Early in this program you learned to strengthen your attention by practicing regular relaxation and meditation, and hopefully you are still practicing, at least from time to time. In the previous step, we also described the technique of staying present. This technique is extremely useful for situations in which you have little control over what is going on around you. You may recall that Joe used it when he was stuck in traffic—a potentially stressful situation that many people find themselves in every day. When you are stuck in traffic you can’t do anything to change the traffic itself, but you can choose where you put your attention. You can focus on negative predictions (“I will be late,” “My boss will be furious”), or you can accept that there is little you can do and let those negative thoughts go. Choosing to stay present, rather than getting carried away with stressful thoughts about the future, is a simple way of taking control.
Our case study Anne found this to be an invaluable tool when she had to undergo some important medical tests. As she waited for the test results to come back, Anne was consumed by anxious thoughts about the future. What if the tests indicated a serious health problem? How would she, and her family, cope? Anne was understandably stressed because she was facing a potentially serious situation, and she had very little control. She couldn’t control when the tests would come back or, more important, what they would say about her health. So Anne decided to exert control over something she could influence—her attention. When she began to have catastrophic thoughts about the future, Anne reminded herself that these thoughts were just ideas about the future, not reality, and that worrying would not change the outcome. She used her five senses to make sure that she was living in the present moment, rather than the negative (p. 76) imagined future in her mind, as much as possible. This helped her to manage her stress in a difficult situation.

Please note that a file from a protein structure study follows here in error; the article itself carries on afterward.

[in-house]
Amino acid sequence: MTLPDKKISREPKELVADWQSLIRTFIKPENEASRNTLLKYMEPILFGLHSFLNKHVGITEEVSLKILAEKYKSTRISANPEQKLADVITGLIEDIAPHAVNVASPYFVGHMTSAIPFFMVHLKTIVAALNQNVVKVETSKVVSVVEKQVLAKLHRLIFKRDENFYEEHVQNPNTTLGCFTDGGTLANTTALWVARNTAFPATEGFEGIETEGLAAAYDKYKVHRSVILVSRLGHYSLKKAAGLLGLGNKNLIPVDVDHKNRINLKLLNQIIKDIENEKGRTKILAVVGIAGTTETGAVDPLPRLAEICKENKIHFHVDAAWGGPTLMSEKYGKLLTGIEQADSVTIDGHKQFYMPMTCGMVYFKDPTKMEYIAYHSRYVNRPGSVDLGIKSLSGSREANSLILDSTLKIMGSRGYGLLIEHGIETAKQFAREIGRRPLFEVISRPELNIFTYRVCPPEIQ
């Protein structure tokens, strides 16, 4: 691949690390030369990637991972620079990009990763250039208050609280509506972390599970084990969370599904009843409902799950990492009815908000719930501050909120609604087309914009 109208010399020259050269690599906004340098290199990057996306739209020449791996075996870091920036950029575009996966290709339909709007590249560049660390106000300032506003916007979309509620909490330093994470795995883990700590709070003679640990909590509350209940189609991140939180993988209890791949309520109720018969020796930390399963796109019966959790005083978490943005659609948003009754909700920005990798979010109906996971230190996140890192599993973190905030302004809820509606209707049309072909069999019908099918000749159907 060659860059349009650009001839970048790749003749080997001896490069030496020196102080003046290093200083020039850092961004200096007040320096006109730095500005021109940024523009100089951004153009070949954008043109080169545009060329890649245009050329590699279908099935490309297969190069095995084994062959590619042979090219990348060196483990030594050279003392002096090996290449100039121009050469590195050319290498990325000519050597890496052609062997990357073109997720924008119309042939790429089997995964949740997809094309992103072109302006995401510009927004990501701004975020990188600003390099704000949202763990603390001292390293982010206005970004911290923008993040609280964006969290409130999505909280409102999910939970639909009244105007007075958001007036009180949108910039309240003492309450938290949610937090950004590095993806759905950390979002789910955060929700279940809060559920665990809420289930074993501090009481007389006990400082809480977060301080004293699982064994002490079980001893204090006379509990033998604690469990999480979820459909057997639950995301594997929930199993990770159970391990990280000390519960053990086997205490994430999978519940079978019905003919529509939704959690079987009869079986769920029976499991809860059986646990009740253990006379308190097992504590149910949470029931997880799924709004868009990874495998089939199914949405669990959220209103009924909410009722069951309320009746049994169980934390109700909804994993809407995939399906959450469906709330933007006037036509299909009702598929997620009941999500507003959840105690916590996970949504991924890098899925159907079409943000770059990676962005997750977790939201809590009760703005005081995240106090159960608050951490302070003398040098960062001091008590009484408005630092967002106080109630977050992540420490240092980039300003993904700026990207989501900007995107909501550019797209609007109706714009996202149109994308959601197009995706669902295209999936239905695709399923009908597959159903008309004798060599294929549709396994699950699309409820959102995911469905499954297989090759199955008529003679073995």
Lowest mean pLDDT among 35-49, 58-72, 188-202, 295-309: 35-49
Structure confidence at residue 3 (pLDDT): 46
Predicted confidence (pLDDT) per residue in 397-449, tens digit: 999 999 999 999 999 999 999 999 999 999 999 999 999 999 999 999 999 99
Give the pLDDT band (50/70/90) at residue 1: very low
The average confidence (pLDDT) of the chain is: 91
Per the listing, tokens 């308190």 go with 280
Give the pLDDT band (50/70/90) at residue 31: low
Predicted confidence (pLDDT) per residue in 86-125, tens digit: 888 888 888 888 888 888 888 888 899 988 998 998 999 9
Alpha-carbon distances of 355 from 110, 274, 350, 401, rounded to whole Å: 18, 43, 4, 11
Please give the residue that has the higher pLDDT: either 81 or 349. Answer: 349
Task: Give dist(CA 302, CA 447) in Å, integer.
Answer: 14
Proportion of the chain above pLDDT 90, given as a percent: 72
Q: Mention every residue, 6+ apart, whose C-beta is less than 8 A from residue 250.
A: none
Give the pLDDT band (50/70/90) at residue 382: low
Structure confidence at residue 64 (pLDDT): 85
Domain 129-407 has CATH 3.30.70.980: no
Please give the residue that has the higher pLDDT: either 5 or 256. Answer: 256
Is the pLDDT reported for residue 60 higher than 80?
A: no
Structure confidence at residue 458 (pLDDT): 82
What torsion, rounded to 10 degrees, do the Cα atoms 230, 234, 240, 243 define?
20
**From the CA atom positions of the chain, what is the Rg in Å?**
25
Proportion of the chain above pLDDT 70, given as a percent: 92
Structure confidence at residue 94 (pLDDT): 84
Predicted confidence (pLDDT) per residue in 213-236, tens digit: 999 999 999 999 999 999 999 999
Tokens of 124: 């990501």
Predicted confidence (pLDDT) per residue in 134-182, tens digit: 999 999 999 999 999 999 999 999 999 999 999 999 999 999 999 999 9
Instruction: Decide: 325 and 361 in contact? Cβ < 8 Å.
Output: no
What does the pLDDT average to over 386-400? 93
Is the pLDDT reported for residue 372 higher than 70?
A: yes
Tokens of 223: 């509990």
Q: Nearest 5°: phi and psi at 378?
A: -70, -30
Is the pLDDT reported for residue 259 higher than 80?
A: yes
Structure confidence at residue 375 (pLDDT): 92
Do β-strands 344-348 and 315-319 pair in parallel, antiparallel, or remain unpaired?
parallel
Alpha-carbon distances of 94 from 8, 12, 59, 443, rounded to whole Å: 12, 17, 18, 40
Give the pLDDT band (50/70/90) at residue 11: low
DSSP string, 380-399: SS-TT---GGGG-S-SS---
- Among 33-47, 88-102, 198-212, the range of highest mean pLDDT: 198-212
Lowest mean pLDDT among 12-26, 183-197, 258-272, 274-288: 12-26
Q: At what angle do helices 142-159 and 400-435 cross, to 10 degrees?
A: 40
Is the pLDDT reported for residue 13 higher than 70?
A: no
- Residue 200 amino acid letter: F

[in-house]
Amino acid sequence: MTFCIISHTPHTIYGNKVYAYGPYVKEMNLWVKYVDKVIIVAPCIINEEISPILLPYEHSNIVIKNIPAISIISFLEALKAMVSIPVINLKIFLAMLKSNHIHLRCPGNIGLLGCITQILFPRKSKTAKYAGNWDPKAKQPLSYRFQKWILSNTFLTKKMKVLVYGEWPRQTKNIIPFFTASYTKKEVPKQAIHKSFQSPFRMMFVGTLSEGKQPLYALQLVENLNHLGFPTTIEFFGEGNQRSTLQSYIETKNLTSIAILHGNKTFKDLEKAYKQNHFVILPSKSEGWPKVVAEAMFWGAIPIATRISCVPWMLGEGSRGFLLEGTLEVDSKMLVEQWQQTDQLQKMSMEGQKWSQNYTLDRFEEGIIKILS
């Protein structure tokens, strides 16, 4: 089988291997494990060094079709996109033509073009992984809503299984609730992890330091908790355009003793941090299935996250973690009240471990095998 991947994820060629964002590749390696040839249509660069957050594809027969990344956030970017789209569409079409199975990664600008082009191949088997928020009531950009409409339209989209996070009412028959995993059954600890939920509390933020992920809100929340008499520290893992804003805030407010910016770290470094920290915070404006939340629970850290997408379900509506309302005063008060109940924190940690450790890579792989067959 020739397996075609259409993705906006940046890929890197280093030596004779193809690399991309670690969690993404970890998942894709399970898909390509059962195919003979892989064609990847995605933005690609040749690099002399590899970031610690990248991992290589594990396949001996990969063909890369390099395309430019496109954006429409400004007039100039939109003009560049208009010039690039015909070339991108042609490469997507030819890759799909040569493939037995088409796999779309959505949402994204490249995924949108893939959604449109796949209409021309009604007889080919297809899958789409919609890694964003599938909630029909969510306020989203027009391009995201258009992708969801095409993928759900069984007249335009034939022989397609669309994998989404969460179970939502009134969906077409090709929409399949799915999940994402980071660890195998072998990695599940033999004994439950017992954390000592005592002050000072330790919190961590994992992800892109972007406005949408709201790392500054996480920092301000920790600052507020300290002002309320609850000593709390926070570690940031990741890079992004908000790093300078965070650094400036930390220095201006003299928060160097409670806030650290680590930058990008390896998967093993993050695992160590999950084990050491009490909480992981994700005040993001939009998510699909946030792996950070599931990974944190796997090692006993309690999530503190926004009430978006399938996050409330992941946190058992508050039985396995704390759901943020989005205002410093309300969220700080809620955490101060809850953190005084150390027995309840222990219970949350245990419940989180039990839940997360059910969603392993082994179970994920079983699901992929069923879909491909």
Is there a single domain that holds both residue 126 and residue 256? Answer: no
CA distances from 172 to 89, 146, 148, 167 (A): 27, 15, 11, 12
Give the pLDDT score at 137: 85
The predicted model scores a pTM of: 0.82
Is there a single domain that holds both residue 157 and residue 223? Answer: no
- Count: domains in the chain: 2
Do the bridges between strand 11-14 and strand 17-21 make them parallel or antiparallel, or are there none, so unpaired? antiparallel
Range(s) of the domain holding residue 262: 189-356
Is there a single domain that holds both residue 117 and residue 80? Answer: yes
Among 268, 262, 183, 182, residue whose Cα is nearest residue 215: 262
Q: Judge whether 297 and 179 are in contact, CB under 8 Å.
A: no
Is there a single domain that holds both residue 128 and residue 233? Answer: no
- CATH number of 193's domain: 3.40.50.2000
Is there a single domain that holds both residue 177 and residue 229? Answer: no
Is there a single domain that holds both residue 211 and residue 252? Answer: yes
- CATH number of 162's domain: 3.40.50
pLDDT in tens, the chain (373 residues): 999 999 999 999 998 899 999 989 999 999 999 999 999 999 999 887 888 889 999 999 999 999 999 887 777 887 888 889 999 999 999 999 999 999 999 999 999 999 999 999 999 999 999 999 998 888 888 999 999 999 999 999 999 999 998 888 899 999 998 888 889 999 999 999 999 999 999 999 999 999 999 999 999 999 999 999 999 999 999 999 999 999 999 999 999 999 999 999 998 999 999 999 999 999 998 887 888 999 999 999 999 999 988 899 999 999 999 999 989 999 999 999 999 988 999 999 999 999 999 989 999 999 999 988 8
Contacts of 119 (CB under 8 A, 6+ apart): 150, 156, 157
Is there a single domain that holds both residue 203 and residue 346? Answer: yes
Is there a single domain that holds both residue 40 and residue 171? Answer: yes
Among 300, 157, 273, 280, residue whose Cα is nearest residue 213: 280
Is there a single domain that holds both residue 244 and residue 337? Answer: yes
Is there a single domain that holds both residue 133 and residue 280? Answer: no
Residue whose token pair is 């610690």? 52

A final area of life over which you usually have at least some control is your own behavior. No matter what is going on in your life, you will usually have at least some choice about how you do or do not behave. If you dislike your job, you can choose to look for other work, or to seek some changes in your workplace. Of course, this may be easier said than done, and every situation is unique. But it is important not to dismiss the idea of trying to do something different. Prediction testing is a strategy that encourages behavior change. It requires you to try behaving in a way that is different from your usual behavior patterns and to find out what happens. We hope you have now had the chance to experience this method of taking control and the resulting positive impact on your stress.
Since behavior change is such a powerful stress reduction tool, the remaining chapters of this book focus on just that. These chapters discuss three key ways you can change your behavior in order to take control of stressful situations. The first one (assertiveness) involves changing the way you interact with others in order to stop you from taking on more than you can handle and can help you to get more of the things you want out of life. The second (time management) involves organizing your day and your life more efficiently. The final chapter (problem solving) helps you to generate solutions and action plans for practical problems in your life. Not everyone who feels stressed will need to make changes in all these areas. But before you say to yourself, “I manage my time efficiently” or “I already know how to solve problems—it’s just that the problems in my life don’t have solutions,” give these lessons and exercises a try. You may be surprised at the results!